.comment-link {margin-left:.6em;}

Tuesday, November 15, 2005

Top three

This is really turning into a day of lists. As the Cardiff film festival is on at the moment Wales' top politicians have been invited to list their favourite film. Accordingly, Labour First Minister, Rhodri Morgan, Welsh Tory Leader, Nick Bourne, Welsh Liberal Democrats Leader, Mike German and Presiding Officer, Dafydd Elis-Thomas will be special guests at 8.30pm tonight at Cineworld to explain their choices.

Of the four films I have to confess that I have only seen one all the way through. I have only ever caught the end of Nick Bourne's choice of Casablanca on television and really must find time to sit down and watch the whole thing. I meant to catch 'The Thin Red Line' when it was in the cinema but didn't get the chance in the end. Nevertheless it is the worthy choice of Dafydd Elis-Thomas. I can heartily recommend Rhodri Morgan's choice of 'Rabbit Proof Fence' but I have never seen 'The Third Man', picked by Mike German. For the record my top film is 'Cabaret' but then I was never asked.

Following on from these revelations, Mick Bates and Lorraine Barrett have published their book of AM's top tunes. There are some interesting choices in there including the First Minister opting for 'I tort I saw a puddy tat cweeping up on me' by Mel Blanc and Nick Bourne putting Carly Simon's 'You're so vain' as his number one. However, if I tell you anymore then you will not want to contact BBC Wales to part with your money and as all the proceeds go to children in need that would be unkind.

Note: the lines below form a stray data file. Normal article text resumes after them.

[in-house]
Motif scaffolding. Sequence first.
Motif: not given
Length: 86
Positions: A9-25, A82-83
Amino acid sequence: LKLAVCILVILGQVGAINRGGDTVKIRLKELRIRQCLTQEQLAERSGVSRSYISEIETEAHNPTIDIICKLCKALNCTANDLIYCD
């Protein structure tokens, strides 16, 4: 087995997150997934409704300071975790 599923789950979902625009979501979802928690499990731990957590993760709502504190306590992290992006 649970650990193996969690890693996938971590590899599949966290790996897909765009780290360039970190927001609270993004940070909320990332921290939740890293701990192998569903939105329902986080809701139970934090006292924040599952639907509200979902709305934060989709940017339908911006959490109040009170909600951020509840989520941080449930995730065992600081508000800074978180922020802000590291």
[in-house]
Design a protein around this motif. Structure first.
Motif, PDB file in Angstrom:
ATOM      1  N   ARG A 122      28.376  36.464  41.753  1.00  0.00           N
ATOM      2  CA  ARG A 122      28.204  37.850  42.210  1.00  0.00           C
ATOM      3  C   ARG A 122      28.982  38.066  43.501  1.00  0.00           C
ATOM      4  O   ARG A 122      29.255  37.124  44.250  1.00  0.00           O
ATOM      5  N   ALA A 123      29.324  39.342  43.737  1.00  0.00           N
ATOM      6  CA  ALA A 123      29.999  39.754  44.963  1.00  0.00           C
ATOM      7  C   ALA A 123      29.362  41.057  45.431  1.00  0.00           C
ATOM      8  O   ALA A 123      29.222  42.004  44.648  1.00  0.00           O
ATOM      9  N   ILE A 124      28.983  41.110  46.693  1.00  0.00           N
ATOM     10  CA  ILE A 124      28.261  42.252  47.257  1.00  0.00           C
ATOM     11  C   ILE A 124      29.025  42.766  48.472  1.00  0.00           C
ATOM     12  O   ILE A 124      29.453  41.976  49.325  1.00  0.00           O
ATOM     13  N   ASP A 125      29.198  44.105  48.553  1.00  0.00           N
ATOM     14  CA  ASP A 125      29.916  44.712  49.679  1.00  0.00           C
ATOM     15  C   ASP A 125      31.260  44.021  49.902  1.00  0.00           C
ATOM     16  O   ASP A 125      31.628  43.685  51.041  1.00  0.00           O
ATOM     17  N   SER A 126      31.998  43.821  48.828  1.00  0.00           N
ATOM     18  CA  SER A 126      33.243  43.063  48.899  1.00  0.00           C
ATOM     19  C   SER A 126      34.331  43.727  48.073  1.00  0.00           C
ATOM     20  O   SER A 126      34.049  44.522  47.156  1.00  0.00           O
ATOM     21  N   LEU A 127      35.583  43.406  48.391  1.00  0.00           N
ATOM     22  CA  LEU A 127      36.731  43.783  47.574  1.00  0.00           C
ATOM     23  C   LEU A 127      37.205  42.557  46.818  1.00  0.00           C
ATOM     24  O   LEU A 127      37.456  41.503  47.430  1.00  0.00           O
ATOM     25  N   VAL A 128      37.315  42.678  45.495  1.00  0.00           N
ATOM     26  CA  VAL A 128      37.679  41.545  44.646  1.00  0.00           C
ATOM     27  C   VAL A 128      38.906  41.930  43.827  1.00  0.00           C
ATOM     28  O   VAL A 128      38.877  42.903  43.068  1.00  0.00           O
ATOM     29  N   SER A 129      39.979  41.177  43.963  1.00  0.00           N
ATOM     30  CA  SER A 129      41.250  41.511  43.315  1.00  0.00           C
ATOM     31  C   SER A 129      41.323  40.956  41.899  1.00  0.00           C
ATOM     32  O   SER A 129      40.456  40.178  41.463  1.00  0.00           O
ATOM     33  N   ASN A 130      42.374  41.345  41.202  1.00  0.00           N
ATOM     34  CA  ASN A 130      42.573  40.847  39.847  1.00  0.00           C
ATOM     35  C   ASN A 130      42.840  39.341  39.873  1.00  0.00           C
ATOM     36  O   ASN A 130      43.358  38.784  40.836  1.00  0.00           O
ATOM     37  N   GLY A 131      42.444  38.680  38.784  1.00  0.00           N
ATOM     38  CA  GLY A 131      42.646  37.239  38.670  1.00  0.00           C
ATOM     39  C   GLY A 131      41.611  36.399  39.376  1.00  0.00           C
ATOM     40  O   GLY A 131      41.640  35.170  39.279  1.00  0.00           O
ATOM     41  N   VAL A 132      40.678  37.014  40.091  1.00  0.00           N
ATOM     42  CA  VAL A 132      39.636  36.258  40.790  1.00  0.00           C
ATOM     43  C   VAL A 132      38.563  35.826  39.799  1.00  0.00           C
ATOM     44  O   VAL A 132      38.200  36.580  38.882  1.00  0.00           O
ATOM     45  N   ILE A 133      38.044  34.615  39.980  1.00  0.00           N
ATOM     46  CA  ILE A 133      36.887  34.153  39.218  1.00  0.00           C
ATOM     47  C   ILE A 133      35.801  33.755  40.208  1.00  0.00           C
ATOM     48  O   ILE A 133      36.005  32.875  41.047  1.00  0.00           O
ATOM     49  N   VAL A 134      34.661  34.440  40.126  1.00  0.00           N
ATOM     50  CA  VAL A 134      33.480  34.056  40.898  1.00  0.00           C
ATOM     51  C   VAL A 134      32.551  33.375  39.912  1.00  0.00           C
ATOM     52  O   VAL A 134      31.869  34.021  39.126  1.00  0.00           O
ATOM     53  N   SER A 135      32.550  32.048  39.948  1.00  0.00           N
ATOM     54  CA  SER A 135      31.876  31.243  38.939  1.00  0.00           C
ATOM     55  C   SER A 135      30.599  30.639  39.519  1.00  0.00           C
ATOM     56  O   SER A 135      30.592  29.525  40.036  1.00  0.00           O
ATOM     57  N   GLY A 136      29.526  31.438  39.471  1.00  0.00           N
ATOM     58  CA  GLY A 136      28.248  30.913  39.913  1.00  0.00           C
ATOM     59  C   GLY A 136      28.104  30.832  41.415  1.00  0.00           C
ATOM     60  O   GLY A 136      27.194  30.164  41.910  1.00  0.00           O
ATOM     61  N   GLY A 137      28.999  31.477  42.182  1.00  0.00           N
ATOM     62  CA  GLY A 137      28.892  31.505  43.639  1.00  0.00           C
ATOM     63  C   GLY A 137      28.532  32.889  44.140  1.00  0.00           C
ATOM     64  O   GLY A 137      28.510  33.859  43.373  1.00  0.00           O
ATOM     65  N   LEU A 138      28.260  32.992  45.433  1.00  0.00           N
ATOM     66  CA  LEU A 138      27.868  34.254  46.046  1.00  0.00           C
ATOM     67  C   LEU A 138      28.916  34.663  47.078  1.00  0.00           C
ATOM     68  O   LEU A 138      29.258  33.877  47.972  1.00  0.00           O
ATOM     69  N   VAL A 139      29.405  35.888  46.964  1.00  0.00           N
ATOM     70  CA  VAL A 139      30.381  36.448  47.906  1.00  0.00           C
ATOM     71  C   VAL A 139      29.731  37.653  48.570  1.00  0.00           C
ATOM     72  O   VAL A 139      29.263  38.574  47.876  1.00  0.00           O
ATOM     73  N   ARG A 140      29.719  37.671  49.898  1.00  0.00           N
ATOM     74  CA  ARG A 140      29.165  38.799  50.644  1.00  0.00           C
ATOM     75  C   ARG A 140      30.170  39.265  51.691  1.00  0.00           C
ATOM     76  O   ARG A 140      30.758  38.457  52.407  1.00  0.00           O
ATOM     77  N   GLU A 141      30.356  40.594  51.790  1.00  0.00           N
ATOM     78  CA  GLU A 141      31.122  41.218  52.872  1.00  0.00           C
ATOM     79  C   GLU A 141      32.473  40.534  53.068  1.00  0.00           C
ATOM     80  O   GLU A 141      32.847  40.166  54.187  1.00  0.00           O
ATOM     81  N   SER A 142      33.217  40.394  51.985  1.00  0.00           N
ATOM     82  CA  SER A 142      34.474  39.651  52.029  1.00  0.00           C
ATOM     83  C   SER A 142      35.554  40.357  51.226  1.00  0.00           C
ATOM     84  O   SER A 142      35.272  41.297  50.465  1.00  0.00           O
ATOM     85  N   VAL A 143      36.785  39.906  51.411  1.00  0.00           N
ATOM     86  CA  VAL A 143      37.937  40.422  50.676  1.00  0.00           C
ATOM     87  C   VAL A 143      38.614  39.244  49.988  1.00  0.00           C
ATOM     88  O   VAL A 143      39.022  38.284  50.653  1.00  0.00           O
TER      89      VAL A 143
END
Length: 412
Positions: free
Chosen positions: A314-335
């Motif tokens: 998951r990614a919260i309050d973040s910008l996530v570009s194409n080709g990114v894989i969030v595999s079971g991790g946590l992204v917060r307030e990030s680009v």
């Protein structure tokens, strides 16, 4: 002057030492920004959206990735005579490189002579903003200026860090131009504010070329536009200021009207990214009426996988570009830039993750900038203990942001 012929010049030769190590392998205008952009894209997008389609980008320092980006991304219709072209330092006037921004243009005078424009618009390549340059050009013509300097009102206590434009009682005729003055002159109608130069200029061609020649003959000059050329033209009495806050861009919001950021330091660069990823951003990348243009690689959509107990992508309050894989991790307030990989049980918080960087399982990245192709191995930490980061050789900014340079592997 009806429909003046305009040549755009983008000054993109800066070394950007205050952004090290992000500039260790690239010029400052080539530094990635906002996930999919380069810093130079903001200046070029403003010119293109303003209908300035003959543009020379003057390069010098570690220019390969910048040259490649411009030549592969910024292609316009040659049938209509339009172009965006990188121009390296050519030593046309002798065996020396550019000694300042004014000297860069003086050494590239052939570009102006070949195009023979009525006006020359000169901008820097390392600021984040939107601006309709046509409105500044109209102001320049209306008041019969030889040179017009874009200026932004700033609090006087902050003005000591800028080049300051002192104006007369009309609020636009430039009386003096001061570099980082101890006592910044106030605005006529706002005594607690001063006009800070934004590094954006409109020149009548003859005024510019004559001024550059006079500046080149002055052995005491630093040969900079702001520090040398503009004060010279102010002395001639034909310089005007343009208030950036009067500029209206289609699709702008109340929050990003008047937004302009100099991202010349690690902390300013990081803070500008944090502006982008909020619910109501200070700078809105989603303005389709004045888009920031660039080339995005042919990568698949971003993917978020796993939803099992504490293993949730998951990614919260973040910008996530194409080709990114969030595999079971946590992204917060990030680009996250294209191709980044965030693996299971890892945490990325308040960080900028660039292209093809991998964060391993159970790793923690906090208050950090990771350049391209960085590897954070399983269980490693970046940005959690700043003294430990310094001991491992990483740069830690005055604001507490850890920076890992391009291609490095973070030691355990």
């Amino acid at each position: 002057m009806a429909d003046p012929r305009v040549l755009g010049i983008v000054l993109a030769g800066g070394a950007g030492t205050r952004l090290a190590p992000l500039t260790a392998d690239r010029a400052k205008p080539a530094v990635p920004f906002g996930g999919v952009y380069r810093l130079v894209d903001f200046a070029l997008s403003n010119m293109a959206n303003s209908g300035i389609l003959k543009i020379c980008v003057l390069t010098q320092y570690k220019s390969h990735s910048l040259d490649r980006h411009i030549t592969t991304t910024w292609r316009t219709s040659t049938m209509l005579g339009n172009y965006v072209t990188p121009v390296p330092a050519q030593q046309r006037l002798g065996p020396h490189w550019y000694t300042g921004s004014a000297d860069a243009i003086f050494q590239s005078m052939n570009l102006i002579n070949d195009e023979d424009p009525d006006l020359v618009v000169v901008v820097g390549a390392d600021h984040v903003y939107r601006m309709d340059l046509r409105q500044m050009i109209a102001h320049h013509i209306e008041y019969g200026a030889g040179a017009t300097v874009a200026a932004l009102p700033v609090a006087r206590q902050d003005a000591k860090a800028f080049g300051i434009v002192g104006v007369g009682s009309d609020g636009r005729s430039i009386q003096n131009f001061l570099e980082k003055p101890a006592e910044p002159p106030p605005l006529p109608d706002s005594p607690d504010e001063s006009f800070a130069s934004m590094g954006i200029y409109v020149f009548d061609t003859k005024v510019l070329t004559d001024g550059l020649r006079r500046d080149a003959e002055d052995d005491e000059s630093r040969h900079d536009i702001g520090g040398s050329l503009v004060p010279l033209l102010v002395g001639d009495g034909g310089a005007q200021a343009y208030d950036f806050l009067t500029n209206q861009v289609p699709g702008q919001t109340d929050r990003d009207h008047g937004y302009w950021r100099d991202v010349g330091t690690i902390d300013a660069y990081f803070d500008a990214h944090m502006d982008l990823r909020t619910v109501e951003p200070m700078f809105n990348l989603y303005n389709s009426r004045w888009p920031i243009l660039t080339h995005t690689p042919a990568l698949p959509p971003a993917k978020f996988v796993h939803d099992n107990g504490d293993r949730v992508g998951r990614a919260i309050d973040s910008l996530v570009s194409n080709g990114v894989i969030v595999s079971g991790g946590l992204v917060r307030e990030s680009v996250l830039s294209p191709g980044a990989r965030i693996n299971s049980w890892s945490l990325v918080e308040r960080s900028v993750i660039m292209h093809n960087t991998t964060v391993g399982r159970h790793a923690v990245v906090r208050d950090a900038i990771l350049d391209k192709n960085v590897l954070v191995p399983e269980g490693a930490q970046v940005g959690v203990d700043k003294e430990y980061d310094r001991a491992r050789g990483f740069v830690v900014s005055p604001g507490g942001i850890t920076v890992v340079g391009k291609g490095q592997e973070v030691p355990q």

The BBC though have an interesting round-up, featuring their political pop honours:

The Non-Partisan Award: Conservative Glyn Davies, who picks Yma o Hyd by Plaid Cymru president Dafydd Iwan - even if he does spoil it slightly by adding: "He's a good singer and should concentrate on what he's good at!"

The Partisan It's My Party and I'll Make a Political Point if I Want to Award, Pt One: Plaid Cymru's Dai Lloyd and Janet Davies, who each choose three Dafydd Iwan songs. Runners-up: Plaid's Dafydd Elis-Thomas, Owen John Thomas (one Dafydd Iwan song each)

The Partisan It's My Party etc... Award, Pt Two: Labour's Ann Jones (Things Can Only Get Better - "reminder of the 1997 general election" and The Internationale - "reminds me of why we should all be socialists"). Runner-up: Labour's John Griffiths (The Internationale - "song of international socialism".

The Punk's Not Dead Award: Plaid Cymru's Leanne Wood, who was once thrown out of the assembly chamber for calling the Queen "Mrs Windsor," picks God Save the Queen, by the Sex Pistols.

The Refreshing Honesty Award: Conservative Mark Isherwood, whose selection includes "A Welsh folk song - I always sing it when I'm drunk which is why I can't remember the title!"

Comments:
Should be some intersting TV footage from the launch, including an excrutiating few minutes with Mick and Lorraine trying to get the 4 Leaders to sing along to 'I tort I saw a puddy cat' - Rhodri and Mike to their credit had the enthusiasm but forgot the words!

Perhaps they should market the video.
 
Cabaret? A love traingle involving a homosexual teacher and a german toff, what would the psychoanalyst make of that? Then again perhaps it's the song and dance routines that you like Peter....
 
Perhaps you are the one that needs to see the psycho-analyst. The attraction for me is the political context in which the film is set. The scenes involving the rise of nazism are some of the most disturbing in cinema.
 
Post a Comment



<< Home

This page is powered by Blogger. Isn't yours?